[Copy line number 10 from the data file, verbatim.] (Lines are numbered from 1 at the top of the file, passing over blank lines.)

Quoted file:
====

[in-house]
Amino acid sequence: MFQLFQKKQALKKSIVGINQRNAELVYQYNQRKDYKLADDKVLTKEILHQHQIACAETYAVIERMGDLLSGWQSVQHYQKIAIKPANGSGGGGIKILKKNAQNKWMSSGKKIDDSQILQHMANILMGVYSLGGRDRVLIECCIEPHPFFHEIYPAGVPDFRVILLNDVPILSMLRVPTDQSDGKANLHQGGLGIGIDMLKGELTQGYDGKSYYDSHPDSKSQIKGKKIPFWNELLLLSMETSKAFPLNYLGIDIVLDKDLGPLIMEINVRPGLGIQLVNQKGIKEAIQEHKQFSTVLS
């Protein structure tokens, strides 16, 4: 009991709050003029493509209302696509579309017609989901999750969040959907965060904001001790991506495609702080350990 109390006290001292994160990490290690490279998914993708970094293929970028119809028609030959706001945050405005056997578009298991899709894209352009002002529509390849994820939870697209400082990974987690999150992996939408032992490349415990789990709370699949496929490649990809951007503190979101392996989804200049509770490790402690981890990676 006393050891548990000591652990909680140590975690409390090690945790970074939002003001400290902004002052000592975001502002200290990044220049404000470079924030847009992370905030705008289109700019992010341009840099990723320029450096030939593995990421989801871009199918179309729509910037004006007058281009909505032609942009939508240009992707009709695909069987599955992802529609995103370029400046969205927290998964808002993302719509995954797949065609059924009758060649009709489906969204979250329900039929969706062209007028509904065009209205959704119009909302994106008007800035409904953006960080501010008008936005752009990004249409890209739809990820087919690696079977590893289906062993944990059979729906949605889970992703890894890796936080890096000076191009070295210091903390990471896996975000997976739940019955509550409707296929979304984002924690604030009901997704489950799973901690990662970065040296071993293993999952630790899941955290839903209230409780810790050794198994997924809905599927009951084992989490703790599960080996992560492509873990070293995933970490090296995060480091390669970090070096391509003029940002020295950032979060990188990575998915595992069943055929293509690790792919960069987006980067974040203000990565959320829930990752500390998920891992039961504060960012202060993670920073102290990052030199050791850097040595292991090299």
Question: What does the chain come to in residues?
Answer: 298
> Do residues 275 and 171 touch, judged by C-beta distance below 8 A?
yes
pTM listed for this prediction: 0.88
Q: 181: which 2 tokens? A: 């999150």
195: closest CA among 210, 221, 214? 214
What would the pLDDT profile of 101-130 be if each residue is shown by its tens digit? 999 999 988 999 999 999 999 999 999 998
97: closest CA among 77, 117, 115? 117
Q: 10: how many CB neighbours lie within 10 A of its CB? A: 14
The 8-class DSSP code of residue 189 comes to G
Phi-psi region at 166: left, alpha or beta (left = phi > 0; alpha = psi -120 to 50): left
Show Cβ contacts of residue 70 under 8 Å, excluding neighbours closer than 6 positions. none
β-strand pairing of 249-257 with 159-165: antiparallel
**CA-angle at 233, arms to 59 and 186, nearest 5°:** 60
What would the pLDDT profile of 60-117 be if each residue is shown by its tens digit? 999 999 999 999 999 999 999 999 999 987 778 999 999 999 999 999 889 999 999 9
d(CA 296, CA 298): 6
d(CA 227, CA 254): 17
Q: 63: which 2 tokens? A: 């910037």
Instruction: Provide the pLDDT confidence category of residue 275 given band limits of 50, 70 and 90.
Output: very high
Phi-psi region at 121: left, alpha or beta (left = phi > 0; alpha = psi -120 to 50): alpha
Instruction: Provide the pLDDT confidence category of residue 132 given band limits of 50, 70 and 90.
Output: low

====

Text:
195: closest CA among 210, 221, 214? 214